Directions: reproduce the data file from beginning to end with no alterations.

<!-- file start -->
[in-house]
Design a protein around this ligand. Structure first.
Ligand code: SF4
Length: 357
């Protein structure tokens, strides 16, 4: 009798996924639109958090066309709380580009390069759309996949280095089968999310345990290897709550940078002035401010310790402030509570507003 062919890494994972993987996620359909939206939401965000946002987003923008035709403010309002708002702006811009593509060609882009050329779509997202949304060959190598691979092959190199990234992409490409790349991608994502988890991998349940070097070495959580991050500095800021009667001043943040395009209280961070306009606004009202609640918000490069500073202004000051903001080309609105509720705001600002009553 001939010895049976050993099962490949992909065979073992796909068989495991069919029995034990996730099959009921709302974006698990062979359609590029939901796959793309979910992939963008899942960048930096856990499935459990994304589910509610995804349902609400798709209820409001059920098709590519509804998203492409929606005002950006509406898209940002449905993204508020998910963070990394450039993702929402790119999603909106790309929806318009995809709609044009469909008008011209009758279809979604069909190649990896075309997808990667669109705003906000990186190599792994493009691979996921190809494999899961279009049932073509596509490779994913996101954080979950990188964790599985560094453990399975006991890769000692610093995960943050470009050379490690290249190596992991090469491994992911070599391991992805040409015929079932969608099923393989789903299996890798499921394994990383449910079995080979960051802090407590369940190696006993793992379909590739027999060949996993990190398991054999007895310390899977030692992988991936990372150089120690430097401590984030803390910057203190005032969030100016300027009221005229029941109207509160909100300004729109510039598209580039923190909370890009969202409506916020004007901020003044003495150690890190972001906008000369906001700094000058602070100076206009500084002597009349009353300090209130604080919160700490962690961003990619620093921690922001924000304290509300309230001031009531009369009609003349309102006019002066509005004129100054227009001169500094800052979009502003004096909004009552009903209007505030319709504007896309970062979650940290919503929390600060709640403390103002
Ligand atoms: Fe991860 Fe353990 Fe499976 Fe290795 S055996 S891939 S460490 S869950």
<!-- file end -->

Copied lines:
[in-house]
Design a protein around this ligand. Structure first.
Ligand code: SF4
Length: 357
């Protein structure tokens, strides 16, 4: 009798996924639109958090066309709380580009390069759309996949280095089968999310345990290897709550940078002035401010310790402030509570507003 062919890494994972993987996620359909939206939401965000946002987003923008035709403010309002708002702006811009593509060609882009050329779509997202949304060959190598691979092959190199990234992409490409790349991608994502988890991998349940070097070495959580991050500095800021009667001043943040395009209280961070306009606004009202609640918000490069500073202004000051903001080309609105509720705001600002009553 001939010895049976050993099962490949992909065979073992796909068989495991069919029995034990996730099959009921709302974006698990062979359609590029939901796959793309979910992939963008899942960048930096856990499935459990994304589910509610995804349902609400798709209820409001059920098709590519509804998203492409929606005002950006509406898209940002449905993204508020998910963070990394450039993702929402790119999603909106790309929806318009995809709609044009469909008008011209009758279809979604069909190649990896075309997808990667669109705003906000990186190599792994493009691979996921190809494999899961279009049932073509596509490779994913996101954080979950990188964790599985560094453990399975006991890769000692610093995960943050470009050379490690290249190596992991090469491994992911070599391991992805040409015929079932969608099923393989789903299996890798499921394994990383449910079995080979960051802090407590369940190696006993793992379909590739027999060949996993990190398991054999007895310390899977030692992988991936990372150089120690430097401590984030803390910057203190005032969030100016300027009221005229029941109207509160909100300004729109510039598209580039923190909370890009969202409506916020004007901020003044003495150690890190972001906008000369906001700094000058602070100076206009500084002597009349009353300090209130604080919160700490962690961003990619620093921690922001924000304290509300309230001031009531009369009609003349309102006019002066509005004129100054227009001169500094800052979009502003004096909004009552009903209007505030319709504007896309970062979650940290919503929390600060709640403390103002
Ligand atoms: Fe991860 Fe353990 Fe499976 Fe290795 S055996 S891939 S460490 S869950």